ARC Data Delivery Service Technical Description

This page describes how to set up DTR over multiple hosts.


In DTR the transfers can be split over multiple hosts to scale up the data transfer throughput. Remote hosts only perform simple point-to-point transfers between physical endpoints and all the logic is kept in the main A-REX host. This has many advantages:

  • Keeping all the high-level logic in one place allows intelligent load balancing.

  • The remote hosts do not do submission to the batch system and so all LRMS configuration only needs to be done in one place.

  • A problem with a remote host does not mean a lost job - the transfer can simply be retried on another host.

  • The setup and configuration of a remote host is very simple.

The datadelivery service has been developed within HED and can be deployed on one or many remote hosts. Once a DTR has passed all the pre-processing steps and is ready for transfer, the Scheduler can send it to a remote datadelivery service to execute the transfer. The Scheduler will then poll the request until it has completed. The Scheduler spreads randomly the total number of transfers (up to the configured limit and depending on the configured access rights of each service) between all the staging hosts.

The architecture is shown in the figure below. The datadelivery service on the remote host acts as a very simple Scheduler which sends all transfer requests it receives straight to Delivery.


Fig. 18 Multi-host datastaging


No extra components are necessary on the A-REX host.

For the remote staging hosts, the package nordugrid-arc-datadelivery-service can be found in the usual EPEL or NorduGrid repositories, or is built automatically when building the source tree. This package should be installed on each remote host. It depends on some core ARC packages and the usual external packages that an ARC installation requires. Note that it is not necessary to install A-REX on the staging hosts.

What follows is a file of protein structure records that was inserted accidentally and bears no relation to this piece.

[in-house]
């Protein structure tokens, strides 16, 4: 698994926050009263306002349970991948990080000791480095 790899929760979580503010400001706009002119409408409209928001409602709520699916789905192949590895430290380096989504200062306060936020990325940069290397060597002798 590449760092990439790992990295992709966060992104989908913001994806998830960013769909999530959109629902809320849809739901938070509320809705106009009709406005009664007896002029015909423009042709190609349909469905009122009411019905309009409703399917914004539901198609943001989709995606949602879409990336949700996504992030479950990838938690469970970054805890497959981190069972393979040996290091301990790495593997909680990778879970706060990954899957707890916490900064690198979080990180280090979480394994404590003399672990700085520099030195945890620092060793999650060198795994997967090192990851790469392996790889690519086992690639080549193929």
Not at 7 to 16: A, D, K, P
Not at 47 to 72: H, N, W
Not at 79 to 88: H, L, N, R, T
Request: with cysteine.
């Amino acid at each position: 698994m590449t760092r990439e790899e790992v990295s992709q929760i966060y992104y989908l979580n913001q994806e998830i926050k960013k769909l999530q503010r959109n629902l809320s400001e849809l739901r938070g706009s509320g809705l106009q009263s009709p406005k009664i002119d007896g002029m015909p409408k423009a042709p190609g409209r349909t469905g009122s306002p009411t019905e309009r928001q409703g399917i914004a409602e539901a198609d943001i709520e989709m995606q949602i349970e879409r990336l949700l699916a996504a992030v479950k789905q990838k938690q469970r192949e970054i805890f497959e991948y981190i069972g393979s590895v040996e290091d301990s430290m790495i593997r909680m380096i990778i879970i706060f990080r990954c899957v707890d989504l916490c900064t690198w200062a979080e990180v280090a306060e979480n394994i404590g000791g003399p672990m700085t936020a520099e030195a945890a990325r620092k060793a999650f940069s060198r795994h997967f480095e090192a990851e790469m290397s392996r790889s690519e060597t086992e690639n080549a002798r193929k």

IMPORTANT If support for transfer protocols that are not included in the nordugrid-arc-plugins-base package (e.g. GridFTP or Xrootd) is required then the corresponding plugins packages must also be installed.

CA certificates are required on each remote host to authenticate connections with storage services. Depending on the local set up, each host may also require a host certificate (more info below).

To start|stop the service (as superuser):

systemctl start|stop arc-datadelivery-service

The log file for the service can be found at /var/log/arc/datadelivery-service.log (configurable - see below). If logrotate is running, this log will be rotated every day.


Remote Hosts

The datadelivery service uses the [datadelivery-service] section of the arc.conf configuration file.

By default the datadelivery service runs with TLS enabled and a host certificate is required for each host. The path to the host credentials may be specified by the usual x509 options. Host certificates are not a strict requirement and it is possible to run without TLS using the secure=no option. This means that A-REX can no longer verify the authenticity of the remote hosts and so the decision to run with or without host certificates should be based on local site policy.